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RECENT RECOMMENDATIONS FROM SOUTHERN INDIES...
Jade War does absolutely everything you want from a sequel: expanding the world, raising the stakes, and further developing characters I loved from Jade City. Set largely in the fictional East-Asian inspired island of Kekon, Fonda Lee’s novel is an epic fantasy crime drama following the struggles of the Kaul family, leaders of the No Peak Clan, as they fight to maintain control of the island and it’s magical jade trade that grants users enhanced abilities.
Just like the first book, Jade War reads like a glorious mash-up of The Godfather and classic Hong Kong crime films; full of intense action, betrayal, and an expansive cast of memorable characters. Kekon and the capital city of Janloon feel vibrantly gritty and it’s a credit to Lee’s writing and worldbuilding that the cast never feels overstuffed and I never got bogged down in the details of trying to remember who is with what clan or the mechanics of the jade "magic." A suspenseful, barn-burner of a novel and I cannot wait to see how Lee brings this to a thundering conclusion in Book Three.
Jade War by Fonda Lee ($26.00*, Orbit), recommended by Bookmarks, Winston-Salem, NC.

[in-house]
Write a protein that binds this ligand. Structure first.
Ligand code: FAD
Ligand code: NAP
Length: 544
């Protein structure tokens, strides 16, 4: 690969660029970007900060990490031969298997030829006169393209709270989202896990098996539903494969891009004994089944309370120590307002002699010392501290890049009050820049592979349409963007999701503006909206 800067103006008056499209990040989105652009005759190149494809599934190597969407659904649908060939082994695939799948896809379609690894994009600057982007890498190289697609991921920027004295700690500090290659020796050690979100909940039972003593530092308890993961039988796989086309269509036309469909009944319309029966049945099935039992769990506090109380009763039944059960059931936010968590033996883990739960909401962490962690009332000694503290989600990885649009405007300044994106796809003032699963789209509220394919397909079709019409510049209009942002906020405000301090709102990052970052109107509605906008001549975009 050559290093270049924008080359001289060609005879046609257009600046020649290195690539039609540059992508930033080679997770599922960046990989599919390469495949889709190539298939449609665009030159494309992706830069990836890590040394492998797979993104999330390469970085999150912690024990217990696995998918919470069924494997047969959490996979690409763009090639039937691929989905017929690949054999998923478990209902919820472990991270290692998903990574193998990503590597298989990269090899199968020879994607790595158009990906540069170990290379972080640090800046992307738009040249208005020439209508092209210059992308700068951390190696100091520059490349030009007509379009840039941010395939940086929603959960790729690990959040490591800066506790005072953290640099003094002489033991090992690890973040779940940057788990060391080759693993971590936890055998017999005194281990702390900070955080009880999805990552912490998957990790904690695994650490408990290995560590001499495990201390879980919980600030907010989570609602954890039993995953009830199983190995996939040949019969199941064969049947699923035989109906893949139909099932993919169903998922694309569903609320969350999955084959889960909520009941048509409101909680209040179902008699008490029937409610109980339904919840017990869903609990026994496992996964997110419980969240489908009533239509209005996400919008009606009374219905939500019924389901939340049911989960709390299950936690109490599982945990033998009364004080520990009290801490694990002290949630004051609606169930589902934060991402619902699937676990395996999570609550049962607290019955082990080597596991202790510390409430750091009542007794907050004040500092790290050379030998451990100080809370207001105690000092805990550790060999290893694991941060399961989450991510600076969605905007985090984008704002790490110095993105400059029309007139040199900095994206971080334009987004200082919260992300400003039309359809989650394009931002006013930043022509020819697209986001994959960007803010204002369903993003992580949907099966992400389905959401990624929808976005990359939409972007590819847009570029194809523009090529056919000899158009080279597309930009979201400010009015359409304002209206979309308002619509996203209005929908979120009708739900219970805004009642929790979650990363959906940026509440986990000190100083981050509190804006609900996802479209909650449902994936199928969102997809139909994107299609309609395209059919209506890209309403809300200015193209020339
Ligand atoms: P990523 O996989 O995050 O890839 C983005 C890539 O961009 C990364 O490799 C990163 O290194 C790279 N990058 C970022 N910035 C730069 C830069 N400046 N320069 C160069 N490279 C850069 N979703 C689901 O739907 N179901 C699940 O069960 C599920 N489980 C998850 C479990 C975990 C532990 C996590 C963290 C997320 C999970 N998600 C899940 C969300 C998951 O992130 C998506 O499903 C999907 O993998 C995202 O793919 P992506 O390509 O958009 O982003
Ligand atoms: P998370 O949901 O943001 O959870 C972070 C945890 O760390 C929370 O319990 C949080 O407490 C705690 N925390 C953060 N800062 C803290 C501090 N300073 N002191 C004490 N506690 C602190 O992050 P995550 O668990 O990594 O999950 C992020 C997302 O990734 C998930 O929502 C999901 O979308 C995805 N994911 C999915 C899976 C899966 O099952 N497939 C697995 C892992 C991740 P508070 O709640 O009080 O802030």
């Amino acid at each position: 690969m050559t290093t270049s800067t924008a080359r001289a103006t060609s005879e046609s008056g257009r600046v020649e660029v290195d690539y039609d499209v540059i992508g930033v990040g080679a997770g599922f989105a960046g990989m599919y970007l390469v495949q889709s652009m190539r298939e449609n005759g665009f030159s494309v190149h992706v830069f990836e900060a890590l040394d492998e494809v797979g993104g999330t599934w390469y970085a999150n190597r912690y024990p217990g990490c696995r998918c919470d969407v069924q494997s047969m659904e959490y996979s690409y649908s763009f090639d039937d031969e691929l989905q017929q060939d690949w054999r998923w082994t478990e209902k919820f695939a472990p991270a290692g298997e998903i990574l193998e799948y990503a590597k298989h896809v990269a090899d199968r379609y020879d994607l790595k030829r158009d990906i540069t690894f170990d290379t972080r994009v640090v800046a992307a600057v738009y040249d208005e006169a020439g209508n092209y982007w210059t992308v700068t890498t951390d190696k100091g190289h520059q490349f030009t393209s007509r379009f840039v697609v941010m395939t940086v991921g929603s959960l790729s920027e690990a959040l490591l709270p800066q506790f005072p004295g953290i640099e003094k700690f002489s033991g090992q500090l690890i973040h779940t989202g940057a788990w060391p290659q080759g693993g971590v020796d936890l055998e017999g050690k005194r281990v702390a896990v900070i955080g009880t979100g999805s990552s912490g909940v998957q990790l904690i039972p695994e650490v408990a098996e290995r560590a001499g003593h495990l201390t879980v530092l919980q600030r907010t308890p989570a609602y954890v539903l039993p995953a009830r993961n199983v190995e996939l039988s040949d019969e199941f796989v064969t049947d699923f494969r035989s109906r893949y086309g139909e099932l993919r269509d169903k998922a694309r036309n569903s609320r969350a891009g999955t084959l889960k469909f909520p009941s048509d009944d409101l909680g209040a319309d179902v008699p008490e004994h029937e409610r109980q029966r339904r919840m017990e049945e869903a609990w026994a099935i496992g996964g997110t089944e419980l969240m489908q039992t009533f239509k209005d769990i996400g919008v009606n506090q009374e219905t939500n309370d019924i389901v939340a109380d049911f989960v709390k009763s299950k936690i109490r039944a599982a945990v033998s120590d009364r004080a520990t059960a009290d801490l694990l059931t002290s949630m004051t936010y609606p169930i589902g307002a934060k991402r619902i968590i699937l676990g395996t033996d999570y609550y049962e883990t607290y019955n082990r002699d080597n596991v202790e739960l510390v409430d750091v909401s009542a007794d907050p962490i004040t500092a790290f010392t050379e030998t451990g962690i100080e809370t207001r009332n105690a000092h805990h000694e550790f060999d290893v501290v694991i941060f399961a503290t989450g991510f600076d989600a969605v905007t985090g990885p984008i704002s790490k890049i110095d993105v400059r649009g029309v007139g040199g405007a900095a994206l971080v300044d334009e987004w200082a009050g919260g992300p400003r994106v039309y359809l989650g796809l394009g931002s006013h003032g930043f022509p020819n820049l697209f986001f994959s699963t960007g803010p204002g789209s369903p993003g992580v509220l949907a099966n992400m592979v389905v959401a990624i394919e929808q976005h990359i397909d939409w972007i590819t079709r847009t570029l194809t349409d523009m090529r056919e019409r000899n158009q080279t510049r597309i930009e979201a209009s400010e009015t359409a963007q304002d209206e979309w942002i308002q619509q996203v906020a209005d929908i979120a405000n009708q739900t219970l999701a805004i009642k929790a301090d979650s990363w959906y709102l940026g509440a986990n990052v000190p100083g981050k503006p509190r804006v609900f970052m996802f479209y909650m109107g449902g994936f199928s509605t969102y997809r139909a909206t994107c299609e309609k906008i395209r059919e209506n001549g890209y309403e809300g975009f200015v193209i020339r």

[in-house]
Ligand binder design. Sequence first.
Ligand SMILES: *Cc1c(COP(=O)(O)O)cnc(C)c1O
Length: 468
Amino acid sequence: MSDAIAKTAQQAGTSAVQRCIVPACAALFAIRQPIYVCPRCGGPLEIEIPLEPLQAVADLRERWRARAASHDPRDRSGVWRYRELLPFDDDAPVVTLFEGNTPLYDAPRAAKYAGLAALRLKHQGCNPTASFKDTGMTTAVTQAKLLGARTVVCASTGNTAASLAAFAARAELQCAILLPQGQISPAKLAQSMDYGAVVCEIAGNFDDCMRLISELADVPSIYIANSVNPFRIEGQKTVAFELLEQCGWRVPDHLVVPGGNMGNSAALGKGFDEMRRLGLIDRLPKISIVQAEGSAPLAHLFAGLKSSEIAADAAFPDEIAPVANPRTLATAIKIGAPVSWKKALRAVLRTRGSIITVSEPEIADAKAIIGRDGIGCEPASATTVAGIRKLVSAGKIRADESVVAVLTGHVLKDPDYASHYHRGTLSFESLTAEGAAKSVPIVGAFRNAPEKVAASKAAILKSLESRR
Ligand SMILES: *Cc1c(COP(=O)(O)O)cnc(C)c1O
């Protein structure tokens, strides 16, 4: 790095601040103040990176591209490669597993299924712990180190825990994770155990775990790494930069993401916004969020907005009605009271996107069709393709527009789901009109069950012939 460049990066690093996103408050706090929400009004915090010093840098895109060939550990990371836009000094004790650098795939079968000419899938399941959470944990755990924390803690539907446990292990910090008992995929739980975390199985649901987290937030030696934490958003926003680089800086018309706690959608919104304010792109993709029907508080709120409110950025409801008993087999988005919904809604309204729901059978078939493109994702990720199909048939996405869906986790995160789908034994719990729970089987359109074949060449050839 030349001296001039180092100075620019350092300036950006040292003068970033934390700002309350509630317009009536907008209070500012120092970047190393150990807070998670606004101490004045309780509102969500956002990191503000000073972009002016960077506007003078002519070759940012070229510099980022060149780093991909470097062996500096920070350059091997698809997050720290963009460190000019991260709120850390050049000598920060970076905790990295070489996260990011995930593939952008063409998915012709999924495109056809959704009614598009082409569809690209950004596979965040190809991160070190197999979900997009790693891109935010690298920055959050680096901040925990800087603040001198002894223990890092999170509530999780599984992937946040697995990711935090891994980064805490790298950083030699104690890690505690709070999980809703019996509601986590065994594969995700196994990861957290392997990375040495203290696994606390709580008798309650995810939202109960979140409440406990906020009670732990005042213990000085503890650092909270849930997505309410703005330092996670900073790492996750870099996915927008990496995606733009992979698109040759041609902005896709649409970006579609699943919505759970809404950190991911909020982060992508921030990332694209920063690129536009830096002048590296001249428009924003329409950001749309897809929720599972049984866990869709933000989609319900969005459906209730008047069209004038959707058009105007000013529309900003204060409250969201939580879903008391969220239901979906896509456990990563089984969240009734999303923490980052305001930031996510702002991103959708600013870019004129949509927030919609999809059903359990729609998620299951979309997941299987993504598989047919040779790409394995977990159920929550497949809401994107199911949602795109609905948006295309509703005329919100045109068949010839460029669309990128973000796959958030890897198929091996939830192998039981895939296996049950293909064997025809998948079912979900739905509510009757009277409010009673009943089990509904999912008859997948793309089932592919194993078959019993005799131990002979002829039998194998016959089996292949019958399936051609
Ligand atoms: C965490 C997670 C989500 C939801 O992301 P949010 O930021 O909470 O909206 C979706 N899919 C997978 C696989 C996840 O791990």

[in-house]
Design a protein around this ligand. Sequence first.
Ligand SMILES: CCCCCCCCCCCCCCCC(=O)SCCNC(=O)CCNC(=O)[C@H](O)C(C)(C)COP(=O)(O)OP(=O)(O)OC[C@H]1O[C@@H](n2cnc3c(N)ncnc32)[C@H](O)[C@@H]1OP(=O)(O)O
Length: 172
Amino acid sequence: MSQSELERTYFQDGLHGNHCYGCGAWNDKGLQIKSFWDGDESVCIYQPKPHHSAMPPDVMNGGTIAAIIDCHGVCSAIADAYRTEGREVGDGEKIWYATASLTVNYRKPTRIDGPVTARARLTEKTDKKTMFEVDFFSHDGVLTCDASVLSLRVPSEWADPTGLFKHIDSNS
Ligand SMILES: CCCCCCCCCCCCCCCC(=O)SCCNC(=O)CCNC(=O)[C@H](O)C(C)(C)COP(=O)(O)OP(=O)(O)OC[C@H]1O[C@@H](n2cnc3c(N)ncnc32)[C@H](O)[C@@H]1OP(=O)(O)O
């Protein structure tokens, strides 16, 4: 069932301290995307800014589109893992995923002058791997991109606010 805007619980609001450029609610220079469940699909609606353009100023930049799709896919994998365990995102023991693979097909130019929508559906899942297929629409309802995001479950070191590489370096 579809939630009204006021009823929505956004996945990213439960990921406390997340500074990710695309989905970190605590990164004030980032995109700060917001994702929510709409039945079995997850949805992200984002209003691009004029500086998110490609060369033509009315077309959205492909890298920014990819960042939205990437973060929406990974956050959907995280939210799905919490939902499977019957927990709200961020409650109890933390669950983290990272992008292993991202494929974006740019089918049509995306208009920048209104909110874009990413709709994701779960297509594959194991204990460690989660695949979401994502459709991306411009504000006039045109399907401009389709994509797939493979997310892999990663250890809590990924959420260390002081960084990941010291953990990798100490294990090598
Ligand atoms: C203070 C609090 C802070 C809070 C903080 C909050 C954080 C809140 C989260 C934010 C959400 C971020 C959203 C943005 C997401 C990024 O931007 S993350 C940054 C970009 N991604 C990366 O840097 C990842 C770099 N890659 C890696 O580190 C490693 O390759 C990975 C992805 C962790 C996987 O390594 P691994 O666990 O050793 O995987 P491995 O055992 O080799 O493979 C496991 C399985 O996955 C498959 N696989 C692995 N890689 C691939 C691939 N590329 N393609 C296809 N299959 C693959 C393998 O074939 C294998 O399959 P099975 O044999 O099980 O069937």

I was so nervous about a sophomore slump, but hooray! — there was nothing to be worried about.The Lager Queen of Minnesota is as delightful and well-written as Stradal's debut, Kitchens of the Great Midwest, and I'm consistently impressed with his ability to make you deeply care about a place and its people. I’m a teetotaler from the South, and now I want to move to Minnesota and drink beer, so... I think it’s safe to say I loved this book. (No previous knowledge or appreciation of lager required.)
The Lager Queen of Minnesota by J. Ryan Stradal ($26.00*, Pamela Dorman Books), recommended by The Bookshelf, Thomasville, GA.
What a charming and utterly lovable book! I kept finding myself grinning and laughing out-loud (when I wasn't cringing at the content that was WAY too relatable). I recommend this for anyone looking for a fun romp through dating in your mid-twenties and anyone interested in learning a new perspective on Indian culture.